Idriss Déby, the President of Chad, fought of rebellion since mounting a coup from Darfur in 1990 with great support from its former colonial power France. After the coup in 1990, his two nephews and twin brothers Tom and Timan Erdimi were some of his most trusted associates. Déby’s rule was initially approaching its end in 2005 as his constitutionally sanctioned two terms were coming to an end with elections to be held in 2006. Then, in June 2005, an Act of Parliament was passed, revoking the presidential term limit allowing Déby to run for a third term. The two nephews defected later that year and were sentenced to death in absentia in 2008. Since then, Timan has lived in exile in Doha leading the rebellion against his uncle.
Ethnicity and Oil
While mass defection from the Déby regime took place in 2005, the problems started in 2003 when the war in Darfur broke out. The side fighting against the Sudanese government was made up of two rebel groups consisting of non-Arab Muslims in Darfur, largely from the Masalit, Fur, and Zaghawa people. The Zaghawa people are based in the border area between Darfur in Sudan and Chad and supported Déby’s coup. When the fight broke out in Darfur in 2003 and Déby’s support for the rebel groups was limited, although present, many Zaghawa’s in Chad became dissatisfied Déby.
Oil was discovered in Chad in the 1960s, yet the instability and lack of infrastructure prevented the exploitation of it – that changed in 2003. A deal was struck in 2000 between Chad, the World Bank, and a consortium of oil companies including Exxon, Chevron, and Petronas. The deal was the construction of a pipeline from Chadian oil fields to the Cameroonian port in Kribi. In 2003, the pipeline was moving 160 000 barrels a day drastically increasing state revenue and making up about 60% of the state budget. However, little of the increased revenue has trickled down to the people due to corruption and militarization, which has exacerbated grievances and tension.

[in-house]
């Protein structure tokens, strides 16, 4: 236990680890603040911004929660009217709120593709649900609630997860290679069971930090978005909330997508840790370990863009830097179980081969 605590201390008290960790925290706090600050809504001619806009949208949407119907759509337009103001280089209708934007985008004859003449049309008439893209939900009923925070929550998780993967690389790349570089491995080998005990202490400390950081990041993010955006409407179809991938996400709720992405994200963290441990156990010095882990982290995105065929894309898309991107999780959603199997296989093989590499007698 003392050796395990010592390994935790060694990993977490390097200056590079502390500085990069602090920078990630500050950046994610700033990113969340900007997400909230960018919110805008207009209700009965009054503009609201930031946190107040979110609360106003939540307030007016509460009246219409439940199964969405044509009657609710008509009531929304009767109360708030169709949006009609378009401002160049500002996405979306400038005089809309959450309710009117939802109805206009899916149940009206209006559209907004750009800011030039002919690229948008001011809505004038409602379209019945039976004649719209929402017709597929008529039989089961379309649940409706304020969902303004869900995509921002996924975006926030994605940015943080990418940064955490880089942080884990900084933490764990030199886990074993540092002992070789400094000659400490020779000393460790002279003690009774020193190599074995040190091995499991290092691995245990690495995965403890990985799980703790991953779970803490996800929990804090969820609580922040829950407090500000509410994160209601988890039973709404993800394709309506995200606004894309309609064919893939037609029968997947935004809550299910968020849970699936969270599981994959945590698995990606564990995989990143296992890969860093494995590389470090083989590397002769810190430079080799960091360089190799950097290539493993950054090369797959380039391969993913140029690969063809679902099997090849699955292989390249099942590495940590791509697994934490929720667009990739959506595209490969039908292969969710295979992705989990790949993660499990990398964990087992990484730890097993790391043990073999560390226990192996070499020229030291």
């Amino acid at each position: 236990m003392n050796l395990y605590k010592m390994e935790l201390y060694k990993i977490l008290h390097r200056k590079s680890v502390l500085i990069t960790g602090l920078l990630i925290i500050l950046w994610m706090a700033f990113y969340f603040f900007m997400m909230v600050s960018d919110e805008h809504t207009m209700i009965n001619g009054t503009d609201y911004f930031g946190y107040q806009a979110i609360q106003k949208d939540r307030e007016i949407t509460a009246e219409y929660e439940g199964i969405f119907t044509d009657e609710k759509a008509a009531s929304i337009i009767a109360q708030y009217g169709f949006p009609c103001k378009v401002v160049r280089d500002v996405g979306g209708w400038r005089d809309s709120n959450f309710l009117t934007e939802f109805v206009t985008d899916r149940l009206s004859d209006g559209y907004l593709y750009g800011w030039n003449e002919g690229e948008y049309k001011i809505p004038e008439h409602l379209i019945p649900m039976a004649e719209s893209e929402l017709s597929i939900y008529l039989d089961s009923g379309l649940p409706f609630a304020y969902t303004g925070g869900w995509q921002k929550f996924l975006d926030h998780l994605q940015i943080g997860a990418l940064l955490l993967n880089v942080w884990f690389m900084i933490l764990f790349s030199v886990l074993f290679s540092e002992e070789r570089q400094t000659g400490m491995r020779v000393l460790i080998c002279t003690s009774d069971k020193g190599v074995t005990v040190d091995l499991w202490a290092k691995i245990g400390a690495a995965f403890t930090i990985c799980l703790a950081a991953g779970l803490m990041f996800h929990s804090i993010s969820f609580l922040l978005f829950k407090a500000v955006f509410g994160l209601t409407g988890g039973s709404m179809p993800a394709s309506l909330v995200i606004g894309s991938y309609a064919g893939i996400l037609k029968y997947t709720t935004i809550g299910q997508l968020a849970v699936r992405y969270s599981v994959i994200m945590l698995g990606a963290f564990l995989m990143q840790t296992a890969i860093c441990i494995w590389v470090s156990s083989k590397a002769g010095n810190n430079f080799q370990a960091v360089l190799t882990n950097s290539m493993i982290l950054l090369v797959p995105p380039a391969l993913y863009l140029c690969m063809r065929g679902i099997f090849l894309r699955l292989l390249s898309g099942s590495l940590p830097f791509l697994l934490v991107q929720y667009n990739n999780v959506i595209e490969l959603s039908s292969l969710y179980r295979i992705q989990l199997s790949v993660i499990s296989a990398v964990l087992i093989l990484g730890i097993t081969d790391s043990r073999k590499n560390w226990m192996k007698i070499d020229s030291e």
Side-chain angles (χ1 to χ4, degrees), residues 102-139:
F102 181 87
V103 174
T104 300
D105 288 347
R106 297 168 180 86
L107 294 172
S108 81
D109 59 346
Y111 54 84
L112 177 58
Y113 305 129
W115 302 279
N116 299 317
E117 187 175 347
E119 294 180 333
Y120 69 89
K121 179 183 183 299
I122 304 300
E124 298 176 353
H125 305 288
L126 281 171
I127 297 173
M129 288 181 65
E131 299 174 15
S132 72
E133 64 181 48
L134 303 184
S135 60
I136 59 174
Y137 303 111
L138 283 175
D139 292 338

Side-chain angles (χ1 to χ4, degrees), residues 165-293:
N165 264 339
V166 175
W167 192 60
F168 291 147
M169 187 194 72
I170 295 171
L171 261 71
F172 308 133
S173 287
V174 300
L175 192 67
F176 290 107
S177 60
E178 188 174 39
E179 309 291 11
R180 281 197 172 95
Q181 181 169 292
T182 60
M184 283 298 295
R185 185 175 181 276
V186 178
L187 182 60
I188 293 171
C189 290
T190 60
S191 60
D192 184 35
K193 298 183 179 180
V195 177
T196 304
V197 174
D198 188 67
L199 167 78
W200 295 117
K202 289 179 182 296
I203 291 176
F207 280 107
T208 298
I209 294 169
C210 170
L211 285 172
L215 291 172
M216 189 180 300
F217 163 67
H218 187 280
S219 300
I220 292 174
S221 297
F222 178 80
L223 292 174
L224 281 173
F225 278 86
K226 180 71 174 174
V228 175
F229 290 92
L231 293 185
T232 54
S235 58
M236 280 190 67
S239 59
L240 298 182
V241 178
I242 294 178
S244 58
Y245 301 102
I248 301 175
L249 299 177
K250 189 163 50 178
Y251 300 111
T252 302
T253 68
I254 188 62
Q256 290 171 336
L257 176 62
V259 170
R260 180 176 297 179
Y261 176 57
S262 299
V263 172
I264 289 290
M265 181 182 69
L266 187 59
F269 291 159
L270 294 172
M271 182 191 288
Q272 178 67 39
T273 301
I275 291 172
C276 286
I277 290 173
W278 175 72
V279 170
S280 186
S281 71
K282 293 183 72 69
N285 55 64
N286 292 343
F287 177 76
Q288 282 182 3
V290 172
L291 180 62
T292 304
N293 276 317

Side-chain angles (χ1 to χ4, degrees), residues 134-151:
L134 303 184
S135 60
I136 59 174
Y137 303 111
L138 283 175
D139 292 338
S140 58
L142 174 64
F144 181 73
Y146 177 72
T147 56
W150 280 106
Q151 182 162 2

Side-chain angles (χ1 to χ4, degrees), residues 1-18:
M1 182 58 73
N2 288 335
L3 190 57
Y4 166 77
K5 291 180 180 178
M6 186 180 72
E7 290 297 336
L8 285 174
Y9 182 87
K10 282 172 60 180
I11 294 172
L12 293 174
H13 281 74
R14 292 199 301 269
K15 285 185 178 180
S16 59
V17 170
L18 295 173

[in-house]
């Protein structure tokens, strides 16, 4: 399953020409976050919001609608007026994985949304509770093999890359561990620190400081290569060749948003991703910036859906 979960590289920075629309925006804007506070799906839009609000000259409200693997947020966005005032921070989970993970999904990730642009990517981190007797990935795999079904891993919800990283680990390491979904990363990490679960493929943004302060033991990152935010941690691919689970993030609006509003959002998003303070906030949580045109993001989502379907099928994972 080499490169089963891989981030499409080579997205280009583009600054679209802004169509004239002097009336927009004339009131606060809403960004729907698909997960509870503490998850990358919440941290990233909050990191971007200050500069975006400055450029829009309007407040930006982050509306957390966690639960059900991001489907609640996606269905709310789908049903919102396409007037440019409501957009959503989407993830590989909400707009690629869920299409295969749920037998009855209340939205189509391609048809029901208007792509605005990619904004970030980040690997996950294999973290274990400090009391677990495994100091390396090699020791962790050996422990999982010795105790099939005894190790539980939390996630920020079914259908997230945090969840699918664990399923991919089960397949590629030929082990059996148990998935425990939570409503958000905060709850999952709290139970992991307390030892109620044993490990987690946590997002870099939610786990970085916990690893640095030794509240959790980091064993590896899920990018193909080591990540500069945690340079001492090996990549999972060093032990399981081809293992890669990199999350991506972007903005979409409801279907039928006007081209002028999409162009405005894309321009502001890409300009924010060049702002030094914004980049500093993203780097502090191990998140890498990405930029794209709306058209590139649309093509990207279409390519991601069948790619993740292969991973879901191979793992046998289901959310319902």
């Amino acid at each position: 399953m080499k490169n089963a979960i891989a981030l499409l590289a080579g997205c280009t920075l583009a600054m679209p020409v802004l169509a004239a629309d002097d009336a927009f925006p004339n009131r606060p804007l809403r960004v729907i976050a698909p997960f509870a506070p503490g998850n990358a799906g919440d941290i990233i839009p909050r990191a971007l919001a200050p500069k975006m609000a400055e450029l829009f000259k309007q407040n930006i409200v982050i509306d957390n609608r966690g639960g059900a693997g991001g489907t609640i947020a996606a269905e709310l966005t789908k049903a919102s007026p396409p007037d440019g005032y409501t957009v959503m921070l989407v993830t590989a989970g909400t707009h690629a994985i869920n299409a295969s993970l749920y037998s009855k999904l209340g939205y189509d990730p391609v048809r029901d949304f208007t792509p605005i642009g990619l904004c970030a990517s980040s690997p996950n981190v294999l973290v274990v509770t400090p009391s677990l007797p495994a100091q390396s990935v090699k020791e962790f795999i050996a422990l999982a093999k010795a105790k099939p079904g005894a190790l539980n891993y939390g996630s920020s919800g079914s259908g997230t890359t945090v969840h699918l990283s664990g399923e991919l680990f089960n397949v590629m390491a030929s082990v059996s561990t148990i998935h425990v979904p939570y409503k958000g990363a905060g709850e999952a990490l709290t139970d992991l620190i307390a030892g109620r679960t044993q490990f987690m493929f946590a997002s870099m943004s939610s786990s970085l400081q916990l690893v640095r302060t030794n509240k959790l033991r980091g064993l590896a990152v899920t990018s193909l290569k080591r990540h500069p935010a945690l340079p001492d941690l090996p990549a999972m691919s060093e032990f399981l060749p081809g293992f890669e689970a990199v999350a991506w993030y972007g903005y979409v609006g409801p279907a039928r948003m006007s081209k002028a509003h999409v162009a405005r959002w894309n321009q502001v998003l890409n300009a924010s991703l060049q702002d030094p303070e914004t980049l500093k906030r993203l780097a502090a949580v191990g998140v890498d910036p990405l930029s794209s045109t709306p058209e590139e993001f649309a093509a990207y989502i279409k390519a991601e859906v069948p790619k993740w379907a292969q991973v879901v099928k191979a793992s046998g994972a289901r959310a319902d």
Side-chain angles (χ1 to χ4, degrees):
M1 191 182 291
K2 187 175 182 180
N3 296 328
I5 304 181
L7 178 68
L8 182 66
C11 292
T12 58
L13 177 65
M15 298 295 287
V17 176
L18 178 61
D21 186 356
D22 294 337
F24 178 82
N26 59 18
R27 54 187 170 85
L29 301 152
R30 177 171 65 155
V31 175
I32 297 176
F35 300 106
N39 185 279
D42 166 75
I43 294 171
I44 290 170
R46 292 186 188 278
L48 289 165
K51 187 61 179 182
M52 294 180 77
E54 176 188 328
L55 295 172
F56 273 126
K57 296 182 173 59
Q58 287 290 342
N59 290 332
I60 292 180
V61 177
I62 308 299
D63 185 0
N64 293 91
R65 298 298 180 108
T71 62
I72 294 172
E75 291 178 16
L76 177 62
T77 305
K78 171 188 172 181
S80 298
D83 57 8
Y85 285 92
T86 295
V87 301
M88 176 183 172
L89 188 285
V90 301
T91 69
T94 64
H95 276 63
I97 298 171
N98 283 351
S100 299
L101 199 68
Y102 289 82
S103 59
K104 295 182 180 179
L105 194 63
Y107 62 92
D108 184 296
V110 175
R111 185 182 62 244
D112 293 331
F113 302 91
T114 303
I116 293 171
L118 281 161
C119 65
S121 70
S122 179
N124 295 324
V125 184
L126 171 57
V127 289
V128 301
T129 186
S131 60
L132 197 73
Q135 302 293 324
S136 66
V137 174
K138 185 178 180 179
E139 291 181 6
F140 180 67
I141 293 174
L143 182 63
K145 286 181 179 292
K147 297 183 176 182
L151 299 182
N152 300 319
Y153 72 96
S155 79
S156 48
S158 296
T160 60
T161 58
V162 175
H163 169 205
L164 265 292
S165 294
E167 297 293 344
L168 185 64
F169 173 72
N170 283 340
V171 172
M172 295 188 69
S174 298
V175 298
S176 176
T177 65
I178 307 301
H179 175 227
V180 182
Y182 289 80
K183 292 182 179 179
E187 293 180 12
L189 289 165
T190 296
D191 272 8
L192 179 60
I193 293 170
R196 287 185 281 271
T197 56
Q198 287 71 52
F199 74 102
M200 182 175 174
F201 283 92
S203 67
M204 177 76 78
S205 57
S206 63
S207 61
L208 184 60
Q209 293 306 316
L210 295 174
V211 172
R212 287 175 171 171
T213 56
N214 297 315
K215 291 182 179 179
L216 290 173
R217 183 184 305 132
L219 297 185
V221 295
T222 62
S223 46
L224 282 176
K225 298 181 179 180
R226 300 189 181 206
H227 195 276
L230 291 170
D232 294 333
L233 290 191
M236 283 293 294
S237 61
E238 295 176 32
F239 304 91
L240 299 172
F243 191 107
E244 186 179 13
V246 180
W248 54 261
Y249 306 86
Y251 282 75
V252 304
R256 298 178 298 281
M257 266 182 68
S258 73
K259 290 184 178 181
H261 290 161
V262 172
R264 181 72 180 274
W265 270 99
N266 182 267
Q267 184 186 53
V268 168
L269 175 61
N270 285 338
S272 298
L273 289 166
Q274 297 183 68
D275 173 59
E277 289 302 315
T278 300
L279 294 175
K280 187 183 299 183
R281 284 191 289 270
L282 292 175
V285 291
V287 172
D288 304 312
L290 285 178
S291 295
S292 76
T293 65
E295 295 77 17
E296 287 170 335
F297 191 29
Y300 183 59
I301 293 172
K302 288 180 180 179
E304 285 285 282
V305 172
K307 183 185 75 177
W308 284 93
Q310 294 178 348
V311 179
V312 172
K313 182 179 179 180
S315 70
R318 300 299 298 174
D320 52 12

After 2005, various rebel groups operated in Chad with the support of Sudan. The opposition made Déby divert more of the oil revenue away from the people and towards arms. In 2006 and 2008, rebels attacked N’Djamena with convincing force but were fought off by Déby’s forces with French support through fuel, food, intelligence, and French troops at airports which allowed government helicopters to play a decisive role. In 2008, al-Bashir and Déby signed a non-aggression agreement to de-escalate, which further fuelled discontent among the Zaghawa. In January 2009, eight Chadian rebel groups formed Union des forces de la résistance (UFR) and Timan became their leader. A few hours later his sister was killed in N’Djamena, while his son was killed fighting the Chadian army in 2006.
Since the merger, UFR has conducted sporadic attacks against government forces and increasingly grew its strength in 2017 and 2018 attributed to another constitutional amendment enabling Déby to retain the presidency until 2033 legally. In February 2019, UFR was mobilizing in the northeastern part of Chad. The Chadian forces being stretched due to its commitment to fight Boko Haram around Lake Chad, as well as AQIM and IS in the region, Déby requested French help – and he received it. Jets from Operation Barkhane bombed the rebels from 3-6 of February, once again aiding Déby in retaining power. Meanwhile, his brother Tom, living in exile in the US, recorded an audio message for the Chadian army calling for their support and help to overthrow Déby, promising that with the brothers in power they will distribute power and resources to a greater extent.
Regardless of whether the French intervention was right or wrong, it has re-ignited the notion of Françafrique, questioning the seemingly unconditional support for a corrupt and authoritarian leader. Meanwhile, the corruption and unequal distribution of resources continuously fuel ethnic tension and discontent. The ethnic tension and discontent in Chad are further exploited by the Erdimi’s rebellion and UFR to grow the opposition. Effectively, there’s an uncle protected by France and a nephew protected by Qatar which got the Chadian people stuck in between with grim prospects for a solution.
Image: TM1972 / Wikipedia / CC-BY-SA-4.0 (link)